It is an irony that one of the guiding forces shaping the American experience was France’s commitment to its ideals of “liberty, equality, fraternity.” But to many in Europe, America’s twin embrace of right-wing politics as well as progressive multiculturalism looks like a descent into destructive separatism.  When exported, these impulses seem like unwelcome intrusions imported as newer forms of American cultural imperialism.


                        Tiananmen Square

Sometimes the best we can do as advocates is lend our physical presence to a cause.

Evangelicals often talk about their modes of worship as forms of “witnessing.”  Their lives and the ways they live them are meant to be “testimony” for what they believe.  But the term can also be used more broadly. We can see another form of witnessing at weddings.  The point is to be in the same space with the new couple, endorsing their union by our presence.  With less fanfare a notary exists to attest to the signing of a contract or legal document.  And we may be asked to stand up and be counted at a municipal meeting, if a leader wants a sense of how many supporters for a proposed ordinance are in the room.  And, of course, there is the unforgettable young man who placed himself in front of Chinese military tanks during the pro-democracy demonstrations in Beijing’s Tiananmen Square.

Sometimes the best we can do as advocates depends less on what we say and more on the fact that  we have lent our bodies to a cause or way of thinking.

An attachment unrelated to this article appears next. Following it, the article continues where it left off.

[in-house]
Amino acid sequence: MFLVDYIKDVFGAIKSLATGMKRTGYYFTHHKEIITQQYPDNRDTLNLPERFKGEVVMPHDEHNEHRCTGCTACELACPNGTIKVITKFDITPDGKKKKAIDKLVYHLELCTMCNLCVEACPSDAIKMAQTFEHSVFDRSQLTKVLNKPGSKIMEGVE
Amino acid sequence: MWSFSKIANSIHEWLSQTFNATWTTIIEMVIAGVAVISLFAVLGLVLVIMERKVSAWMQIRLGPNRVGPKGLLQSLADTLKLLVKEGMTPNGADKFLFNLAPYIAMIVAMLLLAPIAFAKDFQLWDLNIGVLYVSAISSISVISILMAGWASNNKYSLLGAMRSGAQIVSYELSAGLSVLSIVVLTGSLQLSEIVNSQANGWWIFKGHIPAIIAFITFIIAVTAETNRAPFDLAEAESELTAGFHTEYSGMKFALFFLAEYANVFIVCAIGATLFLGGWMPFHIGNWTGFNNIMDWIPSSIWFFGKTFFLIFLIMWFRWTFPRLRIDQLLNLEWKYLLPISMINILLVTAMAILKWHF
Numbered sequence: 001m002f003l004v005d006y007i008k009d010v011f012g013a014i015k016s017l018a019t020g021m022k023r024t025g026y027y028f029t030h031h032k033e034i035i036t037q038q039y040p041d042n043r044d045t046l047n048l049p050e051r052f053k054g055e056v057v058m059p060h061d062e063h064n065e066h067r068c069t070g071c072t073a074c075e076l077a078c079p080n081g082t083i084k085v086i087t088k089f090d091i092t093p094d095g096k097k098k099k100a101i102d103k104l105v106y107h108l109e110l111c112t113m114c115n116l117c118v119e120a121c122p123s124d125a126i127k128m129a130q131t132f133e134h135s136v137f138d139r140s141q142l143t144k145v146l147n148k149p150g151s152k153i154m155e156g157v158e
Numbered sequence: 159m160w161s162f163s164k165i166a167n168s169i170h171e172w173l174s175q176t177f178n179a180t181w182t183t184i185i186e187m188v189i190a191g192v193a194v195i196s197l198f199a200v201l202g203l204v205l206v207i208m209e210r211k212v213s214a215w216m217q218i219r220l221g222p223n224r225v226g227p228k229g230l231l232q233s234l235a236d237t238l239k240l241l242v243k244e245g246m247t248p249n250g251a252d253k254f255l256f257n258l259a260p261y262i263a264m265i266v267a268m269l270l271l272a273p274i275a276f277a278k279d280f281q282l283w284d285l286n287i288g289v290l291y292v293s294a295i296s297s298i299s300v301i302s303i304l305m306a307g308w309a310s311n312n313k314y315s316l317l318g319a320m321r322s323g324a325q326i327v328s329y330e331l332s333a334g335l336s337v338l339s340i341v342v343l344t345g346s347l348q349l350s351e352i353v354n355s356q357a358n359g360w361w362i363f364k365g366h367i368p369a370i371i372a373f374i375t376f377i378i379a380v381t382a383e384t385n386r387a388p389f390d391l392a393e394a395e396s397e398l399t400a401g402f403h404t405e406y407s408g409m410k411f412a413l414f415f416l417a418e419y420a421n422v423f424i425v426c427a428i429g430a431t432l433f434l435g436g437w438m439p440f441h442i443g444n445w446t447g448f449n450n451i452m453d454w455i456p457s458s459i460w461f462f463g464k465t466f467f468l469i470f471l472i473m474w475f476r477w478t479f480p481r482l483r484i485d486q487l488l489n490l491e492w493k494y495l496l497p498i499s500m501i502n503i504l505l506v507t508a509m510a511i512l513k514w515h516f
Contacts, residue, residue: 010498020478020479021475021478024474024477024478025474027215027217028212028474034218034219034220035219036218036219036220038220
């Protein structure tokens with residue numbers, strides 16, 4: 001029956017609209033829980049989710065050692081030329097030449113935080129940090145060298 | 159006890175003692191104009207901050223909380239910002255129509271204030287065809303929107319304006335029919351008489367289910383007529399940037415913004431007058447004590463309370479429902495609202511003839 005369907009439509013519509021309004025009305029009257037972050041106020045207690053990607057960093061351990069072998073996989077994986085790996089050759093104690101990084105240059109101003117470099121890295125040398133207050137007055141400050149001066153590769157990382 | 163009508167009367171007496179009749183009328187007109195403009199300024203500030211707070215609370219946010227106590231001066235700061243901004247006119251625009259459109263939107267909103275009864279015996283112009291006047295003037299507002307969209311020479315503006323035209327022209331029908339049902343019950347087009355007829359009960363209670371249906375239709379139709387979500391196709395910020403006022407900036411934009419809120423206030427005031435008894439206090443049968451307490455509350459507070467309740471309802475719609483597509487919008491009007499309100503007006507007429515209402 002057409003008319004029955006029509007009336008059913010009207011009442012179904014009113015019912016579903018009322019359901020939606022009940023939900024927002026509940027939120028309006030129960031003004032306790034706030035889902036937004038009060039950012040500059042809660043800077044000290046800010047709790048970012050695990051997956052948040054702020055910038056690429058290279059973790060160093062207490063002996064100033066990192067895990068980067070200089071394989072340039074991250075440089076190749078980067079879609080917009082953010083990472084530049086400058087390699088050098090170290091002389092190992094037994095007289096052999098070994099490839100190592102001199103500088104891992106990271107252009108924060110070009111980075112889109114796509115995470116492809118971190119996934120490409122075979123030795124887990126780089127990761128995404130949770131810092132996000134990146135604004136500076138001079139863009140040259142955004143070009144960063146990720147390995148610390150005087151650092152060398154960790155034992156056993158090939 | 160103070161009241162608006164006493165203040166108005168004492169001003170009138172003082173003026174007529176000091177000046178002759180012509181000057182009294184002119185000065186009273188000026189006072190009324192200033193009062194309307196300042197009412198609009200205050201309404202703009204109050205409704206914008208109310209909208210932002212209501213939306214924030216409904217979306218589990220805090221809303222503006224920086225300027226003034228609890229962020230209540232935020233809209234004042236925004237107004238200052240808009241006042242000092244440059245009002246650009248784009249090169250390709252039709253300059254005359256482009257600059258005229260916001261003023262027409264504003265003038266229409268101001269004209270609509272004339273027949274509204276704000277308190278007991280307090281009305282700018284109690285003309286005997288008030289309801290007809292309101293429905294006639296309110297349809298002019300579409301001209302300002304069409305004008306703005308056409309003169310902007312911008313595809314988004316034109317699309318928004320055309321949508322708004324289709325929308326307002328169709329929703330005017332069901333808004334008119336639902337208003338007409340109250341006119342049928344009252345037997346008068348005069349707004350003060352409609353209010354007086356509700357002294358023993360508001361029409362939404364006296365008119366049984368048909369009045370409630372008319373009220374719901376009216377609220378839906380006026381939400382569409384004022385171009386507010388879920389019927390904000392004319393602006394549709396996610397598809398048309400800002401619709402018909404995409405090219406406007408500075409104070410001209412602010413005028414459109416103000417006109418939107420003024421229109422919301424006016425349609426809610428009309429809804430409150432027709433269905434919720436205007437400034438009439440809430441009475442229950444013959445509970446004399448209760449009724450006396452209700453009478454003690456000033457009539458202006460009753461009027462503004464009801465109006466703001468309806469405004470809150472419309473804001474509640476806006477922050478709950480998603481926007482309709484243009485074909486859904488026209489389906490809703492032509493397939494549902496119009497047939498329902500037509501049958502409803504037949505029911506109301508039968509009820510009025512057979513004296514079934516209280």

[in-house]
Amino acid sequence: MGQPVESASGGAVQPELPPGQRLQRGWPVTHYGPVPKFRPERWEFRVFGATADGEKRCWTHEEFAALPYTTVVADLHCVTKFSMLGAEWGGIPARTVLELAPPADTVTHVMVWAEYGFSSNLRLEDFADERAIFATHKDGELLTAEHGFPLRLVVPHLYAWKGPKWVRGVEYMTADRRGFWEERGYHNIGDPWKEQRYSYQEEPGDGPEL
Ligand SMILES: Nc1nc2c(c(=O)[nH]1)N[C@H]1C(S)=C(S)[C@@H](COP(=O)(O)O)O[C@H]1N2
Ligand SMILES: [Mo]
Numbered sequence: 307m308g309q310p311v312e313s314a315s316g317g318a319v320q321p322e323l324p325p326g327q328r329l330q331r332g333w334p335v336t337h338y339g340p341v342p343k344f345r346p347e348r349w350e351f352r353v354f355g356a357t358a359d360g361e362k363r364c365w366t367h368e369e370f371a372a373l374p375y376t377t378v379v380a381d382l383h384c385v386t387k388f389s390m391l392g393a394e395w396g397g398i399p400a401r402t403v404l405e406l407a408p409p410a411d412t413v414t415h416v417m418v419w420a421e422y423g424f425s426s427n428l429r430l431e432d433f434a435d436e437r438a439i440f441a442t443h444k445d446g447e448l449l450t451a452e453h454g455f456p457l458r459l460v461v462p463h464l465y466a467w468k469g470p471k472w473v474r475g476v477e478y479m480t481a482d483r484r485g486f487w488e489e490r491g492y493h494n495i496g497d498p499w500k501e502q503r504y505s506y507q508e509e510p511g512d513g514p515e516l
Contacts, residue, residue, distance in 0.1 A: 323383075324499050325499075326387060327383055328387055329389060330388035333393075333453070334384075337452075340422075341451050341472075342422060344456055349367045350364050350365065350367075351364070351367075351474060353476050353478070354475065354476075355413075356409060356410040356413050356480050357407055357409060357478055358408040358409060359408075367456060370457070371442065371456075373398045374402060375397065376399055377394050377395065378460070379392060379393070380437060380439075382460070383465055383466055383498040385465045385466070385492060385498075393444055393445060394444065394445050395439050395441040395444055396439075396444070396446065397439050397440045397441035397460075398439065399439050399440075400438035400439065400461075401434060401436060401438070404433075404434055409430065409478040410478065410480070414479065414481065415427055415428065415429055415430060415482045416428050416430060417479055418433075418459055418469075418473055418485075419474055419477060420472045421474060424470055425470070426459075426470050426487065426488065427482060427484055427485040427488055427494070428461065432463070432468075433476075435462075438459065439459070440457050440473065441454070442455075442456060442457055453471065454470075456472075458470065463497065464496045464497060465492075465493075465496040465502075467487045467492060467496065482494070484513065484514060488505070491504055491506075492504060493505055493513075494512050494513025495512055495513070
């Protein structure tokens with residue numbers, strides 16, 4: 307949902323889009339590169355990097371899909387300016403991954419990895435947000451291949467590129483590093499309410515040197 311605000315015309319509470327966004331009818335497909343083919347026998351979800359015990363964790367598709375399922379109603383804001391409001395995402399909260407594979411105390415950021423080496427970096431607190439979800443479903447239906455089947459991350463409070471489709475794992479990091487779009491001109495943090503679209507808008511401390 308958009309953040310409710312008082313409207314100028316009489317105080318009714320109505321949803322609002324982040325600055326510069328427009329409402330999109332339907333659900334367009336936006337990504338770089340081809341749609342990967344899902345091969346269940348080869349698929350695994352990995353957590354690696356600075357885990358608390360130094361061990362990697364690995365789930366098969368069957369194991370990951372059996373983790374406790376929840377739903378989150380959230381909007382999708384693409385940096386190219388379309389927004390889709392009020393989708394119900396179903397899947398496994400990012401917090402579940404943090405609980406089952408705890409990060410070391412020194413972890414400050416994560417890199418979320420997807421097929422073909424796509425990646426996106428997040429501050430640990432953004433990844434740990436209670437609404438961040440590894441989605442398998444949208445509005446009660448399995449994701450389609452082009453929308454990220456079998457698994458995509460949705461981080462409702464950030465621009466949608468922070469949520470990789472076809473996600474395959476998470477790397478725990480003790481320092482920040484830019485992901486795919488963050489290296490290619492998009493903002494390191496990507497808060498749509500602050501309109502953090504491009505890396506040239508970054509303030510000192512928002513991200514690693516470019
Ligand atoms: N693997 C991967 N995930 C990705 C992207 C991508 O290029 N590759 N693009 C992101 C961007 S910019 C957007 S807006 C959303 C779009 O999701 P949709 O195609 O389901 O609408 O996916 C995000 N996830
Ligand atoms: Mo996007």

This idea rose recently as I was canvassing for a political candidate with a partner.  The homes we visited were all connected, one front door just a few feet from the next. Our job on this warm afternoon was to go to a number of houses, knocking on doors and expressing our enthusiasm for the candidate we favored.

After perhaps ten homes with few doorbells answered my partner began to wonder whether the effort was doing any good.  Why wouldn’t a phone call been just as effective?  It would certainly be a lot easier.

My answer spoken with more conviction than I’d earned was that it was good for the people who were home but stayed behind closed doors and open windows to know that others cared enough to try to connect. They surely overhead our conversations. Our physical presence in their neighborhood was its own act of testifying; just being there ‘performed’ our conviction in a public way.  And that’s the thing about witnessing; it has to be seen by some audience; it can’t be totally anonymous.

We witness for the cameras and for each other, sometimes using disruptions of the routines of a public space to make a point. Think of protests carried out by the Black Lives Matter movement, Occupy Wall Street, or the silent strike vigils that happen in front of troubled businesses. If we need to give our cause gravitas we can also draw comparisons to Gandhi, to mid-Century freedom rides through hostile Southern towns, or to the current encampments of native Americans near the Dakota Access Pipeline.

We flatter ourselves with what may be unearned leaps up into the thin air of high moral purpose. For sure, our silent presence is not likely to register with anything like the poignancy of the man in Tiananmen Square. But the fact remains:  sometimes the simplest way to make our case is to lend our bodies to a cause, “witnessing” even in silence.

Comments: Woodward@tcnj.edu